Dystopia. I usually prefer novels about a bleak future to be set in a distant future time, not today or the near future. When I started reading Rob Hart’s satire titled, The Warehouse, I began to warm to a very dystopian take on contemporary American culture. A company named Cloud has become the dominant business enterprise in the United States. The thriller aspects of this novel dominate the satirical social commentary. Hart lets the story speak for itself, and Cloud does what it is has been built to do. Hart gives us workplace conditions that exploit, corporate behavior that’s predatory, and a culture of surveillance that’s downright creepy. The characters are finely drawn and complex. My discomfort from reading this novel arises from the sensation that everything Hart describes is plausible. A company that gives people what they want. What could be wrong with that? Rating: Five-star (I love it) Click here to purchase The Warehouse from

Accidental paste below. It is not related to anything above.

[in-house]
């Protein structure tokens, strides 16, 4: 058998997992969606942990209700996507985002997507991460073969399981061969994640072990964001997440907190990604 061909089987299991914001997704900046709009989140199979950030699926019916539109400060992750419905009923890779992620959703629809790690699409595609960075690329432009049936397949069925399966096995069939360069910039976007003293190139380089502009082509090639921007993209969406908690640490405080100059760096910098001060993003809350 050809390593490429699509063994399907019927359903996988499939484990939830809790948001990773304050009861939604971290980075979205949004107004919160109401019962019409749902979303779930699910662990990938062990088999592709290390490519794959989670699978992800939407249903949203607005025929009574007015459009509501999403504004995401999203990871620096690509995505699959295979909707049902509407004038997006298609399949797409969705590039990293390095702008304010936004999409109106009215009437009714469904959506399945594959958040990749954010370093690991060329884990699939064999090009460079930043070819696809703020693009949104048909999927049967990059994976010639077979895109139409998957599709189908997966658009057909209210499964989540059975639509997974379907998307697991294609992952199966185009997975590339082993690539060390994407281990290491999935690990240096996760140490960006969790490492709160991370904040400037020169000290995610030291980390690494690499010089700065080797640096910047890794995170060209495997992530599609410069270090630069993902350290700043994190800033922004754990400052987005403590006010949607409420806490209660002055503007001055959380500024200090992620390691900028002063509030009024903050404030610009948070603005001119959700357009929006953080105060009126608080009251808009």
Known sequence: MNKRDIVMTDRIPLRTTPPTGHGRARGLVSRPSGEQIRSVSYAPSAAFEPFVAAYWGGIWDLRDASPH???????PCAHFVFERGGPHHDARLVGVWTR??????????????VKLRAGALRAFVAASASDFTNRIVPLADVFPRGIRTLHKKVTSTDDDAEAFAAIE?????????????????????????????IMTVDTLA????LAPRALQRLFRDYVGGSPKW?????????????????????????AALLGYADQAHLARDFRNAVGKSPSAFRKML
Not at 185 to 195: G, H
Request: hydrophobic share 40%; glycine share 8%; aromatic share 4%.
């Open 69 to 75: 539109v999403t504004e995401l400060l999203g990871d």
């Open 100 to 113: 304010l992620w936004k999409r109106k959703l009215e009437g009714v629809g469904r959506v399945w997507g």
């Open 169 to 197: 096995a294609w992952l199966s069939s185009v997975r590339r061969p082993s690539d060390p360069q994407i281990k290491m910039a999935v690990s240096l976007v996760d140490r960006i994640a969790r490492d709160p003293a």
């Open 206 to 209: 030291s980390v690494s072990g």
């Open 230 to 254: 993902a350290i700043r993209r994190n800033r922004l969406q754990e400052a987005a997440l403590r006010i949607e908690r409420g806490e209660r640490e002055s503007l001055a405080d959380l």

The Starless Sea

Doors. With apologies (or thanks) to Dr. Seuss, oh the places we’ll go and the things we’ll see. That’s the welcome readers will receive when opening the five hundred page novel by Erin Morgenstern titled, The Starless Sea. There are keys to be found as shown on the book jacket and doors to be opened. We are taken inside a secret world and get to sail on a starless sea. We are on a journey, and this imaginative book will give interested readers a delightful magical tour. Morgenstern’s descriptive prose brings this world alive for us. Close readers will love the symbolism and the beauty of the writing and the references to other imaginative works of fiction. I loved the adventure of the journey and I admire the quality of the prose. Rating: Five-star (I love it) Click here to purchase The Starless Sea from